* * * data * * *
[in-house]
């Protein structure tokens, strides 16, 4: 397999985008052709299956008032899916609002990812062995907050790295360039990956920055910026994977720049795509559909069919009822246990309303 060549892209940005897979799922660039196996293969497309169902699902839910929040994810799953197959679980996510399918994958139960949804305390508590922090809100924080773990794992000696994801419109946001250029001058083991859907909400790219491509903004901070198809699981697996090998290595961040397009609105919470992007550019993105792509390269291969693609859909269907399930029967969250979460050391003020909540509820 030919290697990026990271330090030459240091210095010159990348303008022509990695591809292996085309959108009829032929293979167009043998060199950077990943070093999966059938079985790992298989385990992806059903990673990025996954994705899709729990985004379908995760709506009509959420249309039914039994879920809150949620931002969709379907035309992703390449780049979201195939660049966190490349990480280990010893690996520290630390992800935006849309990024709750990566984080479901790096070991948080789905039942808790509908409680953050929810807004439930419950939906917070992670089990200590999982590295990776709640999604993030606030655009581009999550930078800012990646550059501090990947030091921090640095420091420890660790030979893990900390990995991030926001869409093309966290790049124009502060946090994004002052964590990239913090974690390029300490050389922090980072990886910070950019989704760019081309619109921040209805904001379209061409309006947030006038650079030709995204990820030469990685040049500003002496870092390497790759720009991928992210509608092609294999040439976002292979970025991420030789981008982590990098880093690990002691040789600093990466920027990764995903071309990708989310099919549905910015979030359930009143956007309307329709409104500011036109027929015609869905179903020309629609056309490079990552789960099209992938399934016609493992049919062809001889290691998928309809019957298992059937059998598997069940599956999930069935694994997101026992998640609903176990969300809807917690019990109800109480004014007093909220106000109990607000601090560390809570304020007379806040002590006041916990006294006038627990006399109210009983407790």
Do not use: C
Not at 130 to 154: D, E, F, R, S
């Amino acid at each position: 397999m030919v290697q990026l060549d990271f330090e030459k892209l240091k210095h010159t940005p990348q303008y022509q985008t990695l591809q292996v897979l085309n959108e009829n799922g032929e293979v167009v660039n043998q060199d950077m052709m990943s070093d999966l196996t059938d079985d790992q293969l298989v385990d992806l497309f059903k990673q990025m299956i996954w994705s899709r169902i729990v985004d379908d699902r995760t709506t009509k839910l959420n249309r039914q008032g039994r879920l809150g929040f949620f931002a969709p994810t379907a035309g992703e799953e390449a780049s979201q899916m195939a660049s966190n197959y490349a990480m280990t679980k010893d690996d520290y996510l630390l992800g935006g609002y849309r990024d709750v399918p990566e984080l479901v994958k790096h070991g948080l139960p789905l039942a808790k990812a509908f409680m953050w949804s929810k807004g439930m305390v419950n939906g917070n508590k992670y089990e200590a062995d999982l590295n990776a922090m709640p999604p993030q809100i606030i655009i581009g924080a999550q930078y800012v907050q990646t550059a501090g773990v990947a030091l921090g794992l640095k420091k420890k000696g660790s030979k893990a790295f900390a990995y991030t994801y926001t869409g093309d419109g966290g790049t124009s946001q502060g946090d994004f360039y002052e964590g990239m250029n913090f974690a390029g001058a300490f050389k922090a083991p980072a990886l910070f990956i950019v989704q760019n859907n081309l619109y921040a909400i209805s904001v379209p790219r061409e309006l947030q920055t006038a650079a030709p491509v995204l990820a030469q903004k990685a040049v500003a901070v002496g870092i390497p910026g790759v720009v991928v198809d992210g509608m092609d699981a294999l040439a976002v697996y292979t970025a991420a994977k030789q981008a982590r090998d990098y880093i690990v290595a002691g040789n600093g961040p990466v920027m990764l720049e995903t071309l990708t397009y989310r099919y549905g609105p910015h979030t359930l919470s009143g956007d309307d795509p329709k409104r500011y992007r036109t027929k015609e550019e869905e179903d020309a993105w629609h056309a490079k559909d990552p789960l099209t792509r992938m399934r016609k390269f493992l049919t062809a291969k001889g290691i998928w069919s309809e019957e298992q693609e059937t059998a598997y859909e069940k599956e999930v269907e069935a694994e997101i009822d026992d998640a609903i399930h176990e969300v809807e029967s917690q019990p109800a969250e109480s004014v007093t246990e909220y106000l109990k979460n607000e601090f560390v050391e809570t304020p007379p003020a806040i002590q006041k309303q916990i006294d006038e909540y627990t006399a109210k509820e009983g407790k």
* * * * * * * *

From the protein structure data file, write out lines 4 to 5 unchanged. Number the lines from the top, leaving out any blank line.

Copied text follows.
Not at 130 to 154: D, E, F, R, S
């Amino acid at each position: 397999m030919v290697q990026l060549d990271f330090e030459k892209l240091k210095h010159t940005p990348q303008y022509q985008t990695l591809q292996v897979l085309n959108e009829n799922g032929e293979v167009v660039n043998q060199d950077m052709m990943s070093d999966l196996t059938d079985d790992q293969l298989v385990d992806l497309f059903k990673q990025m299956i996954w994705s899709r169902i729990v985004d379908d699902r995760t709506t009509k839910l959420n249309r039914q008032g039994r879920l809150g929040f949620f931002a969709p994810t379907a035309g992703e799953e390449a780049s979201q899916m195939a660049s966190n197959y490349a990480m280990t679980k010893d690996d520290y996510l630390l992800g935006g609002y849309r990024d709750v399918p990566e984080l479901v994958k790096h070991g948080l139960p789905l039942a808790k990812a509908f409680m953050w949804s929810k807004g439930m305390v419950n939906g917070n508590k992670y089990e200590a062995d999982l590295n990776a922090m709640p999604p993030q809100i606030i655009i581009g924080a999550q930078y800012v907050q990646t550059a501090g773990v990947a030091l921090g794992l640095k420091k420890k000696g660790s030979k893990a790295f900390a990995y991030t994801y926001t869409g093309d419109g966290g790049t124009s946001q502060g946090d994004f360039y002052e964590g990239m250029n913090f974690a390029g001058a300490f050389k922090a083991p980072a990886l910070f990956i950019v989704q760019n859907n081309l619109y921040a909400i209805s904001v379209p790219r061409e309006l947030q920055t006038a650079a030709p491509v995204l990820a030469q903004k990685a040049v500003a901070v002496g870092i390497p910026g790759v720009v991928v198809d992210g509608m092609d699981a294999l040439a976002v697996y292979t970025a991420a994977k030789q981008a982590r090998d990098y880093i690990v290595a002691g040789n600093g961040p990466v920027m990764l720049e995903t071309l990708t397009y989310r099919y549905g609105p910015h979030t359930l919470s009143g956007d309307d795509p329709k409104r500011y992007r036109t027929k015609e550019e869905e179903d020309a993105w629609h056309a490079k559909d990552p789960l099209t792509r992938m399934r016609k390269f493992l049919t062809a291969k001889g290691i998928w069919s309809e019957e298992q693609e059937t059998a598997y859909e069940k599956e999930v269907e069935a694994e997101i009822d026992d998640a609903i399930h176990e969300v809807e029967s917690q019990p109800a969250e109480s004014v007093t246990e909220y106000l109990k979460n607000e601090f560390v050391e809570t304020p007379p003020a806040i002590q006041k309303q916990i006294d006038e909540y627990t006399a109210k509820e009983g407790k």